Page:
Defamation and the Internet: Cases For and Defenses To Internet Slander Allegations

What can you do when someone publishes something about you that hurts your reputation?

Any words, pictures or other information which, when passed on to somebody else, lowers a person’s reputation in the public’s eye are defamatory and the person harmed may begin a lawsuit. The person harmed must only prove that the information was communicated to someone else and could have a defamatory meaning.

Once someone has made a case for defamation, the person they claim against must establish one of the following defenses:

  • Truth – If the information communicated on balance is true.
  • Fair Comment – The statements made consist of an opinion on a matter of public interest and is based on well known true facts. This is true as long as both the comments are actually believed or reasonably could be believed and that they do not deal with criminal activity.
  • Privilege – In some cases the law will provide some comments with special protection. Examples are witnesses in court, debates in government.
  • Consent – If the person harmed has consented to the defamatory communication.
  • Other Limited Exceptions – Such as a non-malicious employment reference.

A lawsuit may begin whether or not the person causing the defamation actually wrote the words or merely published someone else’s words.

The issue of defamation on the Internet is becoming significant.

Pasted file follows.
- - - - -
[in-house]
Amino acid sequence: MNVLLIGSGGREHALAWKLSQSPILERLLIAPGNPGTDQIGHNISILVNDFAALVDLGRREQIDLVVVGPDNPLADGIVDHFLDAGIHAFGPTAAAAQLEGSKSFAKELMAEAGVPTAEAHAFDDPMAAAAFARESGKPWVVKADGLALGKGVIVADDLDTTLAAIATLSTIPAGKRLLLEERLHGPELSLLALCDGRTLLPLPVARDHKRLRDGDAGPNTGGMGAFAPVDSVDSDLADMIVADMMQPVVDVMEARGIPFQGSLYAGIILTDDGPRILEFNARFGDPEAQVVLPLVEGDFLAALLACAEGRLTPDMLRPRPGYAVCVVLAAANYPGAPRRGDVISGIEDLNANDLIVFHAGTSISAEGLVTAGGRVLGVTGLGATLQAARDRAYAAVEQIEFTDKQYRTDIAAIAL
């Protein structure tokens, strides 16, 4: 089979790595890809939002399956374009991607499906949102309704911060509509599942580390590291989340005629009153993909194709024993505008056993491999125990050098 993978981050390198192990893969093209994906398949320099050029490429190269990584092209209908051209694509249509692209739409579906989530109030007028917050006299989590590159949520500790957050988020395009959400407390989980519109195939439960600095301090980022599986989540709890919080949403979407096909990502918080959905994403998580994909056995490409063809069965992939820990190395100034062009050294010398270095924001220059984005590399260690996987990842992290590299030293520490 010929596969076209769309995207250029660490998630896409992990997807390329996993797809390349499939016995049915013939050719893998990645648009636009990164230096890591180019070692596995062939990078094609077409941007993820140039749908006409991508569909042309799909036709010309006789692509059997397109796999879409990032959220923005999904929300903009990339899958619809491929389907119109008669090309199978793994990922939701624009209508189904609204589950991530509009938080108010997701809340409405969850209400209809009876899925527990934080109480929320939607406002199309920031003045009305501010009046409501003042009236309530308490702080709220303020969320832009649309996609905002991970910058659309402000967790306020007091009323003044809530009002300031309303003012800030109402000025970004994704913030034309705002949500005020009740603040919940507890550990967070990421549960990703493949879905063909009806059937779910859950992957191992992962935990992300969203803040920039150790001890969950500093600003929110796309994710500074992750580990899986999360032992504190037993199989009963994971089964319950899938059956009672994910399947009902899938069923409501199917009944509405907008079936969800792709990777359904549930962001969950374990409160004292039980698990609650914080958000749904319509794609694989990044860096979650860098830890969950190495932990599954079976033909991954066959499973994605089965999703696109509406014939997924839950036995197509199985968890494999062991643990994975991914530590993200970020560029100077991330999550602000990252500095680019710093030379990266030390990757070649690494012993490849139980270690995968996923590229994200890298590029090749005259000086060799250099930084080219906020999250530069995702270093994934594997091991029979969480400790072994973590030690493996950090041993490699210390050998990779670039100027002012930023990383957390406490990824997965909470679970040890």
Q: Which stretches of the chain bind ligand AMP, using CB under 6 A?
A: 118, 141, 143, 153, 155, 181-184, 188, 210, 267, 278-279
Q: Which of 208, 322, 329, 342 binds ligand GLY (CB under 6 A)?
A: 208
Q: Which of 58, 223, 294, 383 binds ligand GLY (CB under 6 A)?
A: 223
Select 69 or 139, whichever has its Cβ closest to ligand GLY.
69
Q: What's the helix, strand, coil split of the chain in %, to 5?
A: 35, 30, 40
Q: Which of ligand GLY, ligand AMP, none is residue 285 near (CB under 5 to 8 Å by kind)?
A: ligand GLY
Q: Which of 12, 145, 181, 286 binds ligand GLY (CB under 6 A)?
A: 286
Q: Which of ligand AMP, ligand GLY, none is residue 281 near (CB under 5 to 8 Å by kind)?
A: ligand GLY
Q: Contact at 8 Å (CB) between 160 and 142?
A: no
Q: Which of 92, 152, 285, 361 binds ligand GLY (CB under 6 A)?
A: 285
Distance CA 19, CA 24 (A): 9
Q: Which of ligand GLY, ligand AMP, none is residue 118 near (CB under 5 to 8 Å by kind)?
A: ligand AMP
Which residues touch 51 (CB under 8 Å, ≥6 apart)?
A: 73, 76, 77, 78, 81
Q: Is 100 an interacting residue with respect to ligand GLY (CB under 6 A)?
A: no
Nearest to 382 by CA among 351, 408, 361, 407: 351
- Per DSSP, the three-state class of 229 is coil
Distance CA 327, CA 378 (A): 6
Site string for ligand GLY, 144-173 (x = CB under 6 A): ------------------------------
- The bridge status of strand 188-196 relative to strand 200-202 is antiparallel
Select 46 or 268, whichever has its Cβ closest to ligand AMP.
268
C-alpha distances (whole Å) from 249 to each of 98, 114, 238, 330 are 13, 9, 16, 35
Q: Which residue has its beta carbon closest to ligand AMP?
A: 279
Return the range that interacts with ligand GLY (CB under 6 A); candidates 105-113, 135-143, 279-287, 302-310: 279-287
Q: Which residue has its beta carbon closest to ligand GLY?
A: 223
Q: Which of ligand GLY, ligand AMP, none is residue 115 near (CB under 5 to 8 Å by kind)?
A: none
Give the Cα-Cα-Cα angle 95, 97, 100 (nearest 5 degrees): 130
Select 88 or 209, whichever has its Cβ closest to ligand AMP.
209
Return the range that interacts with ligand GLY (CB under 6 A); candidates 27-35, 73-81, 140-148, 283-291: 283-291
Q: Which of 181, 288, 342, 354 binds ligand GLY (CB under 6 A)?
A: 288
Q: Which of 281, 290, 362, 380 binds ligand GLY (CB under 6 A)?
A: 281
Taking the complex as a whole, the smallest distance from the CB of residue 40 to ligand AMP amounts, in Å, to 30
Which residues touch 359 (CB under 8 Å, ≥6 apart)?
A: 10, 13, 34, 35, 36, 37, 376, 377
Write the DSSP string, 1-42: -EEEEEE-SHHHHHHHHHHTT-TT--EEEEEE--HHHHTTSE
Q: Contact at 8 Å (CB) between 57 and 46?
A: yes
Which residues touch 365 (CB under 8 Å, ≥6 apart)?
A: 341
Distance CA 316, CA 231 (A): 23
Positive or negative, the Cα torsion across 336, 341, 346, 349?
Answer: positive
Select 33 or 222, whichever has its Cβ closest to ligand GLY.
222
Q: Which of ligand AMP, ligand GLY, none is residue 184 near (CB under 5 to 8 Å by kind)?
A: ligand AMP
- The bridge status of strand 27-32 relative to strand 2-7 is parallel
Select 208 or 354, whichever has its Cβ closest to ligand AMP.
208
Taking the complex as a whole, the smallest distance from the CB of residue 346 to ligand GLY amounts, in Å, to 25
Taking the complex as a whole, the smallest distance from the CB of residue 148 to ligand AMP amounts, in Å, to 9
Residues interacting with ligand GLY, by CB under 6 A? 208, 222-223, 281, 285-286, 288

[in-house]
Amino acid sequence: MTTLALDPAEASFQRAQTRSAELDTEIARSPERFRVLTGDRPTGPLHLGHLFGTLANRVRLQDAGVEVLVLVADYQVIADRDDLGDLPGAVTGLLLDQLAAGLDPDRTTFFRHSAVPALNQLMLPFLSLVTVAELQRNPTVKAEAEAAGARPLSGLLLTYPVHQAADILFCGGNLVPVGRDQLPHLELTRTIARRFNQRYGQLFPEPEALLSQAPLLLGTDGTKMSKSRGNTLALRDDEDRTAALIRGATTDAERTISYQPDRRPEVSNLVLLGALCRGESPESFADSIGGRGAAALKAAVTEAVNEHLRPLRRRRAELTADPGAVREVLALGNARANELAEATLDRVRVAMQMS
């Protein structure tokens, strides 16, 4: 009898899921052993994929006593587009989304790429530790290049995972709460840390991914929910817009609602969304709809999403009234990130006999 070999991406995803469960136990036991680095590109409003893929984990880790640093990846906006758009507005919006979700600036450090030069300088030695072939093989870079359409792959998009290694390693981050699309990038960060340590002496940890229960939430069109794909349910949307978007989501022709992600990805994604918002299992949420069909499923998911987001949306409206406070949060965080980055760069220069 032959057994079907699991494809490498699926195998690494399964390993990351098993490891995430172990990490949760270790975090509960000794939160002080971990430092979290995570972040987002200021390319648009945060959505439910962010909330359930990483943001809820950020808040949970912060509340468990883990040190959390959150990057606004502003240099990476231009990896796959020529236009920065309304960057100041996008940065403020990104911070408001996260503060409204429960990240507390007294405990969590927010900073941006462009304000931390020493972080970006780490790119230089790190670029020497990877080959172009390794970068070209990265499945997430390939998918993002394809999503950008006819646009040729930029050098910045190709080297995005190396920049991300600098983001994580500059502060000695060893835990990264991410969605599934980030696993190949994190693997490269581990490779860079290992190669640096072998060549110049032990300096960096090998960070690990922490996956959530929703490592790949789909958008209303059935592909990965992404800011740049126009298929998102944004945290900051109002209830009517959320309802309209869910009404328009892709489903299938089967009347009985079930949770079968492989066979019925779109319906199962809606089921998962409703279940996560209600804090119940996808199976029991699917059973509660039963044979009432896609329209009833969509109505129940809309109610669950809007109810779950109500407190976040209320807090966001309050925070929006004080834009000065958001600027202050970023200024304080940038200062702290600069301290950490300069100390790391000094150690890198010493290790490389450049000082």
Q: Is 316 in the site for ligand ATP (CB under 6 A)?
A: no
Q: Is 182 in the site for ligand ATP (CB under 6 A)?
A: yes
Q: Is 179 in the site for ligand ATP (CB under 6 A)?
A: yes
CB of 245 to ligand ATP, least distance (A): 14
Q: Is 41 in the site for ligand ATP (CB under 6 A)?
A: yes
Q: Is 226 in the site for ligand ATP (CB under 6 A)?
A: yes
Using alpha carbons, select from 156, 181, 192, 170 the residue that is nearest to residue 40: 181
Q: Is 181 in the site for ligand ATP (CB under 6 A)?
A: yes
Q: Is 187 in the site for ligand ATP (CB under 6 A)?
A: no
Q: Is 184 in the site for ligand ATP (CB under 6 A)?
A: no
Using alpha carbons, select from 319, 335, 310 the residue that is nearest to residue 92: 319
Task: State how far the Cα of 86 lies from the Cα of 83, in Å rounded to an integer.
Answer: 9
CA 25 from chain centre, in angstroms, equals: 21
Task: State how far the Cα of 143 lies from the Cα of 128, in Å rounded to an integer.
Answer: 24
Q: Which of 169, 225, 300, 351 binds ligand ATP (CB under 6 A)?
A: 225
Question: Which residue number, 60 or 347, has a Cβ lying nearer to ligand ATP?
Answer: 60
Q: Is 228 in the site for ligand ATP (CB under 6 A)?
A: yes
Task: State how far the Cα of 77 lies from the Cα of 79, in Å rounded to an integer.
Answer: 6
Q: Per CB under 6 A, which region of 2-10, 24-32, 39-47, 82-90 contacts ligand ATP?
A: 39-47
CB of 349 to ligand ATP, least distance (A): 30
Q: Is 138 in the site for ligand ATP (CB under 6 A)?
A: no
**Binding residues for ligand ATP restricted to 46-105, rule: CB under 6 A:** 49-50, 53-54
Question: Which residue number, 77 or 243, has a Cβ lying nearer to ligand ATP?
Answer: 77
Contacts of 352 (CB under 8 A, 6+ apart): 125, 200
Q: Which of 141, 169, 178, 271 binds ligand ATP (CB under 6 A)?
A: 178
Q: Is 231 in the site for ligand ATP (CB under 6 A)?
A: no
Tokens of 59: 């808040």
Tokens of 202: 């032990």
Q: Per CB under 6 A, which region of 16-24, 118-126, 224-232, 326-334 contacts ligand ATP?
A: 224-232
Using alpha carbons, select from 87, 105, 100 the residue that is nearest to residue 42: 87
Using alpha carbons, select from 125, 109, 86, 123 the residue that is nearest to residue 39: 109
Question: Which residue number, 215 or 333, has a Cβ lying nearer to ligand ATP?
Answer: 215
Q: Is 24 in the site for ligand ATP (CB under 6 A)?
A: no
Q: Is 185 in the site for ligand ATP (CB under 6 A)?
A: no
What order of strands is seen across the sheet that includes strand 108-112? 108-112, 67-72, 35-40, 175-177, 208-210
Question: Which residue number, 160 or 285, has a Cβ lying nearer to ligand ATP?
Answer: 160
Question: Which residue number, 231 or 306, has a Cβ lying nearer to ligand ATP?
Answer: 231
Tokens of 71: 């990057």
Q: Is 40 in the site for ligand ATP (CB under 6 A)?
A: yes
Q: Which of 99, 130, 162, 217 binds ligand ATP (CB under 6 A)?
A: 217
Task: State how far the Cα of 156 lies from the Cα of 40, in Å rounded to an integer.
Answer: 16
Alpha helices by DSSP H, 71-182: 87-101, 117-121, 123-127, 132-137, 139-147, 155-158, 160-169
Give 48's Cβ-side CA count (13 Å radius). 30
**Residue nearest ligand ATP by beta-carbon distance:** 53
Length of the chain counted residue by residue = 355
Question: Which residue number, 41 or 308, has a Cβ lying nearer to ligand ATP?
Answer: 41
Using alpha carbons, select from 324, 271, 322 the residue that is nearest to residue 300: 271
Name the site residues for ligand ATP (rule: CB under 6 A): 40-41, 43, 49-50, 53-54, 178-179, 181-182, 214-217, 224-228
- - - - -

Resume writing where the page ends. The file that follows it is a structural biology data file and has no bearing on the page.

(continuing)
An Internet service provider who hosts web sites may be a publisher and therefore liable for a defamation claim. At the moment, the Ontario Courts have not provided a definitive answer on this subject. This type of situation may be found to be similar to a librarian with defamatory works in their library. In the librarian’s case, there may be liability if the librarian makes defamatory works available and has reasonable grounds to be aware of their content. If you become aware of defamatory comments on a web site, you should contact the Internet service provider and advise them. They will then arguably have an obligation to remove the defamatory content or be liable for defamation.

Since the Internet has no borders, another significant issue is where to sue. Recent cases indicate that people outside of Canada have a right to protect their reputations in Canada and can therefore sue in Canada. Canadians can sue foreign publications provided those publications are also distributed in Canada. Suing someone who publishes in another country will depend on the laws of that country. This is a problem when a web site is hosted offshore. On the other hand, people publishing statements on the Internet have a real concern as to which country’s laws they follow, where they can be sued, etc. The law continues to evolve in this area and it is impossible to say what liability a person may have for statements made on the Internet. It’s best to be cautious.

Published by Robert S. Fuller

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